Monday, May 14, 2007

Killing the Messenger: TYC fires whistleblower

Some TYC employee commenters have already been discussing this, but I was sure sorry to see the news that Anthony Mikulastik, a case manager at the Marlin TYC unit and a regular Grits commenter, was terminated over a 35-year old felony. Perhaps not coincidentally, just days before the newspapers revealed he had been an early, ignored whistleblower in the Pyote sex scandal. Reported the Statesman (Second Youth Commission whistleblower terminated," May 11):
The dismissal of Anthony Mikulastik, a case manager at the Marlin Orientation and Assessment Unit, came just days after he publicly accused his onetime bosses of ignoring reports of sex abuse three years ago at the West Texas State School — a full year before they had claimed they first knew.

"Without a doubt, it's retaliation," he said in a phone interview. "I haven't had so much as a speeding ticket in years, since that conviction for burglary in 1972. I was 19 then. I'm 56 now."

Anthony's case shows why punishing people who had nothing to do with any scandal or allegations of wrongdoing makes little sense. There are enough real problems at TYC without creating scapegoats. The Dallas News had a good article yesterday, "A breakdown of authority," that outlined the structural problems and culture of denial TYC needs to be addressing instead. But you worsen those cultural problems by firing whistleblowers, whatever the pretext.

Not only do such firings cost the agency experienced people at a time when TYC staff is reeling, but it's unnecessary and looks like a coverup. TYC conservator Jay Kimbrough and his goon squad who instigated this firing binge don't have a single reason to think Mikulastik poses any danger to TYC youth - these terminations are just grandstanding for the media with no public policy benefit or improvement in safety of students.

In fact, when he starts firing the small handful of folks who stood up to wrongdoing and reported abuse when others ignored it, Kimbrough's mass firing of ex-felons probably makes TYC kids less safe.

TYC employees need a better union - this is BS. Good luck, Anthony, and give 'em hell at your administrative hearing.


Anonymous said...

This is a sad and unfortunate. Even if it wasn't a cover-up, No one should be fired from a job for a burglary committed 35 years ago.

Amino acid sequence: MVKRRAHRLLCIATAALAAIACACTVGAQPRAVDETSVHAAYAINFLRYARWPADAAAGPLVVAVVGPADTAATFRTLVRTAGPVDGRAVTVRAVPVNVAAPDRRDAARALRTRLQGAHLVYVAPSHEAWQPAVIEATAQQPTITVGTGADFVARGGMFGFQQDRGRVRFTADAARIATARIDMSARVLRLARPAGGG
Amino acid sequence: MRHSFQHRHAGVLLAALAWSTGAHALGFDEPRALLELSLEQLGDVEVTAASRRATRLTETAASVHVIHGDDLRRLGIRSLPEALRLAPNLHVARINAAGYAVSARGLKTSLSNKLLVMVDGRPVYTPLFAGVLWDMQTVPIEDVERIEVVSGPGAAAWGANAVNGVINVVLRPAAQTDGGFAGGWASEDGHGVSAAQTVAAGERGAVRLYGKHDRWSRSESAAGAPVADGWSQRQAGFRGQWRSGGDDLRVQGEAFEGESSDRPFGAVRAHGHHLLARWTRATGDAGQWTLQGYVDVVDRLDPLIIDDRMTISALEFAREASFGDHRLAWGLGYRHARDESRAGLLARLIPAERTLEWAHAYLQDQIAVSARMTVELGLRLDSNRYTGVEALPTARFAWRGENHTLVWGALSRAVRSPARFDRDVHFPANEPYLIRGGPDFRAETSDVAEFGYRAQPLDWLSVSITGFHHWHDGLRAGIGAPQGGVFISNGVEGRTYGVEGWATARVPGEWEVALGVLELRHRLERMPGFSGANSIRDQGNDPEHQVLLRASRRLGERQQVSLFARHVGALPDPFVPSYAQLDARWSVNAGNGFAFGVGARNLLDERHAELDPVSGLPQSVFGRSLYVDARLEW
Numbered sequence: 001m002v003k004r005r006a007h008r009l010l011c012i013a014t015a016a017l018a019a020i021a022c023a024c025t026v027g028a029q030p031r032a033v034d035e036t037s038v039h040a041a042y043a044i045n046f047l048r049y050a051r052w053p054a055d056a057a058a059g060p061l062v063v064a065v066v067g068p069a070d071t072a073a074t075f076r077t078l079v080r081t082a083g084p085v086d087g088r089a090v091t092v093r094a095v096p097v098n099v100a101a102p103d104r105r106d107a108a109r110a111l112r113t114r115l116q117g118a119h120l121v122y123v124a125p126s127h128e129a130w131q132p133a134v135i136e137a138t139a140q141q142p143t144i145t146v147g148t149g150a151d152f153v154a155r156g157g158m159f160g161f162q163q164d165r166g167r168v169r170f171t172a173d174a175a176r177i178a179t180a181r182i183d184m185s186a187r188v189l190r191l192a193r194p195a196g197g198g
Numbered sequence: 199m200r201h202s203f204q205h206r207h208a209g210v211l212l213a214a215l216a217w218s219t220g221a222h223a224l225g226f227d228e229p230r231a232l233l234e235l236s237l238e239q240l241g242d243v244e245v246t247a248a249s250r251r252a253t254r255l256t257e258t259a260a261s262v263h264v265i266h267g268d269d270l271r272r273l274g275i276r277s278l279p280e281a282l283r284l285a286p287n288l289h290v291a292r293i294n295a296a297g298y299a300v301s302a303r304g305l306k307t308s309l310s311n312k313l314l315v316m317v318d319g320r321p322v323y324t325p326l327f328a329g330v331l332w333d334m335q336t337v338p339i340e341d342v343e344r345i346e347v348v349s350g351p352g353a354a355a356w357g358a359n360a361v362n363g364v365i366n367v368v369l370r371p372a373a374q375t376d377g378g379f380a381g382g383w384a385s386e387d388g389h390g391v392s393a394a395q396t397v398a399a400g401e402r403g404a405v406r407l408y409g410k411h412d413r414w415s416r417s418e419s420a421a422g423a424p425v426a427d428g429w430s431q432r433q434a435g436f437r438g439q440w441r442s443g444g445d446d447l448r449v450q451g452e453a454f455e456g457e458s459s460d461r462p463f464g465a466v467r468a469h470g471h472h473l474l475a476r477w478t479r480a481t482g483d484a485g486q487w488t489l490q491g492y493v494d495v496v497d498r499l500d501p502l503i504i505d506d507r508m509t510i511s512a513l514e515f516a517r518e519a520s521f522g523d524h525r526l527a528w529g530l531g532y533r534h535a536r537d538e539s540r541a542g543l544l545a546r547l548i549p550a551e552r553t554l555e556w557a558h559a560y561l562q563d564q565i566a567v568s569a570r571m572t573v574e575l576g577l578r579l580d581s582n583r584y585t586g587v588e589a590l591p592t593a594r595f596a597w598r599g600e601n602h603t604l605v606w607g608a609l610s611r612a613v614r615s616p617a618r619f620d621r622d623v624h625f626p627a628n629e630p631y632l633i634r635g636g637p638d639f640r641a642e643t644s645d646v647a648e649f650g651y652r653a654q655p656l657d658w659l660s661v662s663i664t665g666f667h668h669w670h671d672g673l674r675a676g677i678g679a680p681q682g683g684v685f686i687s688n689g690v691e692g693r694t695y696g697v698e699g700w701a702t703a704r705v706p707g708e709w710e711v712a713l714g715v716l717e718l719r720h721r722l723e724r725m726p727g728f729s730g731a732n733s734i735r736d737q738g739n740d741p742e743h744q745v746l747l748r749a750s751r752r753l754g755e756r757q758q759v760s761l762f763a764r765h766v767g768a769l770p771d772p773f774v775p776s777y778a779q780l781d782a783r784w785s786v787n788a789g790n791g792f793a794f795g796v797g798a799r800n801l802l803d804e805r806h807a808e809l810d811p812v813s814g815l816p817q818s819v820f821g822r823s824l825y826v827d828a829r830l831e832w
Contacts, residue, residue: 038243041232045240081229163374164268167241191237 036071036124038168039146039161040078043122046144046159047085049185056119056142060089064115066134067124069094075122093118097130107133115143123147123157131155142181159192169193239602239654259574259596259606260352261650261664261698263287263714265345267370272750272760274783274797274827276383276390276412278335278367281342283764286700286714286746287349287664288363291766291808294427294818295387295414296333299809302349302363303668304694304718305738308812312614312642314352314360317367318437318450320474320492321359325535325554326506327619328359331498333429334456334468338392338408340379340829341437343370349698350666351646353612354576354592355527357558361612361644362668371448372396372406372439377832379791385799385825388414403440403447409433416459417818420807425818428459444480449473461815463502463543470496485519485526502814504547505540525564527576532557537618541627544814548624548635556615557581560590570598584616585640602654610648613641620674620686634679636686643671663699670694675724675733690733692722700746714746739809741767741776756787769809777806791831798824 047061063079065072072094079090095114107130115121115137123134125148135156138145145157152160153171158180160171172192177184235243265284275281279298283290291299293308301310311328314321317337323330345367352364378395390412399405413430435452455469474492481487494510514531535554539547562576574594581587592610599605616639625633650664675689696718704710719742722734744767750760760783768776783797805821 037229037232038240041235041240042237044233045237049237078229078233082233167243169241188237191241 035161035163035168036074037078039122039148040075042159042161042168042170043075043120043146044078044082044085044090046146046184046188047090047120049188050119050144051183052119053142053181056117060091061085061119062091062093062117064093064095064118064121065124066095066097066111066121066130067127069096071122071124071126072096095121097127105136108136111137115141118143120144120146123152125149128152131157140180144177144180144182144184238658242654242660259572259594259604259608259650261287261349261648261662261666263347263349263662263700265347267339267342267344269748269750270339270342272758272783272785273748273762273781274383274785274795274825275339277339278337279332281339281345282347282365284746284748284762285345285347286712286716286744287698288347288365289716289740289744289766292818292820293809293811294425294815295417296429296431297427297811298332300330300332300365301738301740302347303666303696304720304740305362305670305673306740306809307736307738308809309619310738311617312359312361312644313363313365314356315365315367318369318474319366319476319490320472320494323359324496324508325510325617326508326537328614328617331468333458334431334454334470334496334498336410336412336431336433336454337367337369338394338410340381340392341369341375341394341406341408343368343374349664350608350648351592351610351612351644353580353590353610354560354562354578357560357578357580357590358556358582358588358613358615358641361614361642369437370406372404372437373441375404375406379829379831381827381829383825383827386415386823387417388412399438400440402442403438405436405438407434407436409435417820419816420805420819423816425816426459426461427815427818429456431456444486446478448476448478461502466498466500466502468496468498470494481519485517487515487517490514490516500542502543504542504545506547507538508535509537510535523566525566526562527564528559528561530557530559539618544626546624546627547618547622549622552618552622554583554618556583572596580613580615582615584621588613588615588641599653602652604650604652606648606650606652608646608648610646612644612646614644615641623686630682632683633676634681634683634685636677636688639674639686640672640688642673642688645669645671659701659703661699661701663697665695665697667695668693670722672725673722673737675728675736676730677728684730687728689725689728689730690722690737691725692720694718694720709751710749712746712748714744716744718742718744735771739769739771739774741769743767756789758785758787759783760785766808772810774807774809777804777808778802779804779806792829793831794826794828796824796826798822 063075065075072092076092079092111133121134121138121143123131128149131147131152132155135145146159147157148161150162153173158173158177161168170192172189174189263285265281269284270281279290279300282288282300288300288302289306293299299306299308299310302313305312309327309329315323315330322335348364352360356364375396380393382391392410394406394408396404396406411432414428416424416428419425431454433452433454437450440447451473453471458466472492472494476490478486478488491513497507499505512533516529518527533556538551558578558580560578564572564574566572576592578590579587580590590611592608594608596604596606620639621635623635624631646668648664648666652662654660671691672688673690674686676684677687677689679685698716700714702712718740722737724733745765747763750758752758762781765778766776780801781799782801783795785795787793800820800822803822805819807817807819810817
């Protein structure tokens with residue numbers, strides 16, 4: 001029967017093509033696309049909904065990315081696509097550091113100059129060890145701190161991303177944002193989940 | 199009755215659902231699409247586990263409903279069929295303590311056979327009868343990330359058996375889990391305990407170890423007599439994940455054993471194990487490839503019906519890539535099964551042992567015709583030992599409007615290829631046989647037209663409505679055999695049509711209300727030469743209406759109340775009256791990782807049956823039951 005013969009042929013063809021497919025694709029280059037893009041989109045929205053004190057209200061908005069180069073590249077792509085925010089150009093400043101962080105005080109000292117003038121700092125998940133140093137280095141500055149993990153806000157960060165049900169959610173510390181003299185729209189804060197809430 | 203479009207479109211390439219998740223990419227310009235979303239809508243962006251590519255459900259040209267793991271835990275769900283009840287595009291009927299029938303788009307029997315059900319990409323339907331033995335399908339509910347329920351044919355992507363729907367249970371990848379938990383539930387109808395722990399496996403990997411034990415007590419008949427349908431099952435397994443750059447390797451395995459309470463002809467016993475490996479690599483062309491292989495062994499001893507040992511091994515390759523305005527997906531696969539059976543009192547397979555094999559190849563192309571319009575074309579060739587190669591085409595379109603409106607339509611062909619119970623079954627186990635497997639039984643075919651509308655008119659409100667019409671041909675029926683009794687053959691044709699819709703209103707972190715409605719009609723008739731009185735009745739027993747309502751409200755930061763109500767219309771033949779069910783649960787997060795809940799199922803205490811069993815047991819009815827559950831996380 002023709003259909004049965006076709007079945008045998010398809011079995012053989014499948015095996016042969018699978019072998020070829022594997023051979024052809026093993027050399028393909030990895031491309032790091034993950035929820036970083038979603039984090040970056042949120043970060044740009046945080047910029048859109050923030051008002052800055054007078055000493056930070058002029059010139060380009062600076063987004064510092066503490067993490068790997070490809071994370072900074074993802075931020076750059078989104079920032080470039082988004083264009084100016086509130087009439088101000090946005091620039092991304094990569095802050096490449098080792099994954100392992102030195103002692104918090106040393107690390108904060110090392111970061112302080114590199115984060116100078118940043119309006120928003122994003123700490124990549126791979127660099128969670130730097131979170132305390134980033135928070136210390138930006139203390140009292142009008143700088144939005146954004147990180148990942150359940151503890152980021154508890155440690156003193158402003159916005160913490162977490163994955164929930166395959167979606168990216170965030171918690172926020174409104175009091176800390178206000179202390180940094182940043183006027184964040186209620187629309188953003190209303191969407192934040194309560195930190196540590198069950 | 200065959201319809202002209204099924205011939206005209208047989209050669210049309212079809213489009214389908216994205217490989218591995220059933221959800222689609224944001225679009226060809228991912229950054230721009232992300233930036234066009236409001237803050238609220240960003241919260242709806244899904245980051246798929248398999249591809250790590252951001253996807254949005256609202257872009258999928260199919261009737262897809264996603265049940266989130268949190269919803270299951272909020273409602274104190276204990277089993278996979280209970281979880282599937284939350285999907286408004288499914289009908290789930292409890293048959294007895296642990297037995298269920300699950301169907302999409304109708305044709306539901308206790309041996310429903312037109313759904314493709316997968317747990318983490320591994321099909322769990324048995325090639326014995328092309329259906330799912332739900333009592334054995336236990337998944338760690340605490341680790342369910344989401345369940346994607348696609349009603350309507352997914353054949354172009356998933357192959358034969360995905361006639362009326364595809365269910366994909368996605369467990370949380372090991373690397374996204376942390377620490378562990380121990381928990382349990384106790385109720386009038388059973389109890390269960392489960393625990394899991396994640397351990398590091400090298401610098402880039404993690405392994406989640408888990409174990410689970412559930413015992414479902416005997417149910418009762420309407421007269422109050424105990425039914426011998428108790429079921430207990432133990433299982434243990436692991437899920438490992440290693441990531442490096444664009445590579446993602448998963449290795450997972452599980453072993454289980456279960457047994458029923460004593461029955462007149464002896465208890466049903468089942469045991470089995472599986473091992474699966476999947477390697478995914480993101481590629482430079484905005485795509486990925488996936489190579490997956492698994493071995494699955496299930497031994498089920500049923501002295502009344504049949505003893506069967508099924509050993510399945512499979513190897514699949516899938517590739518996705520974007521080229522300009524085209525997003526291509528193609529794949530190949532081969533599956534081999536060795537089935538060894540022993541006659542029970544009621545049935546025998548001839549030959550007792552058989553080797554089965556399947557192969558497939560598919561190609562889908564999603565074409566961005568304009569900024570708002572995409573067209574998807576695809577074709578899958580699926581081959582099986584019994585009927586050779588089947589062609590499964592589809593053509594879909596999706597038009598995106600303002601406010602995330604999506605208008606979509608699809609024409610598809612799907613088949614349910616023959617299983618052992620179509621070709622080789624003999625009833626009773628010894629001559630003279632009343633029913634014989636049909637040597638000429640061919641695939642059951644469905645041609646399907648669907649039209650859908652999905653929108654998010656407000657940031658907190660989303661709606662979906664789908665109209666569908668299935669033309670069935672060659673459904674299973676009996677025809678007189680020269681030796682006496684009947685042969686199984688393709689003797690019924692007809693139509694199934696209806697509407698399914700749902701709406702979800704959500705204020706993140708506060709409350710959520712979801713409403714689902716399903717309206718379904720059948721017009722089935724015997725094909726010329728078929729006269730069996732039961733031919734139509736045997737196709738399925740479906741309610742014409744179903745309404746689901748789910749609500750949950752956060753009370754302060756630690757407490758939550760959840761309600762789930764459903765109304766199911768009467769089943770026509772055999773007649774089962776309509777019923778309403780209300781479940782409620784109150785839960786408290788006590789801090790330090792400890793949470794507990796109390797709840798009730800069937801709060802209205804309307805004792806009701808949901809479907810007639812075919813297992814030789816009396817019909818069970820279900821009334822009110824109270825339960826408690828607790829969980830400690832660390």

Sometimes (nearly every day) I wonder what the hell is wrong with Texas.

I stay only for the barbecue

Anonymous said...

I am an attorney in the juvenile justice system. I would much prefer that the kids I ship interact with someone who made a mistake years ago and overcame it, turning his life around, than someone who has never sinned (or at least never been caught).

The kids have lost a visual example that conviction for an offense doesn't mean condemnation to a life of crime.

Anonymous said...

The termination of Mikulastik is clearly wrong for speaking out about corruption at TYC. He should be brought back with the rest of those that changed their lives for the better after a one time mistake especially if it occurred more than 20 years ago.

I think AM was let go by TYC in accordance with the new policies and with the others with felony records. To say he was retailated against for reporting the mess at West Texas three years ago and was ignored confuses me. Reading your posts, it seems to me the other caseworker at Marlin was the one who brought this to the attention of officials. Looks more like AM's attempt at the limelight again to me. Just tell the facts!

Gritsforbreakfast said...

@7:09: I don't know whether the motive was the new policy or retaliation, or if the new policy is simply a smokescreen for retaliation, but the Dallas News credited Anthony with whistleblower status in this article.

So whatever "the facts," and I put them in quotes because we can't know them, the conservator's actions create a perception of retaliating against a whistleblower when you fire him days after the Morning News quotes from his affidavit to the Rangers. I oppose terminating employees based on past convictions regardless of whistleblower status, but this was a boneheaded move by TYC administrators who apparently don't care (or aren't thinking about) about public perception.

Anonymous said...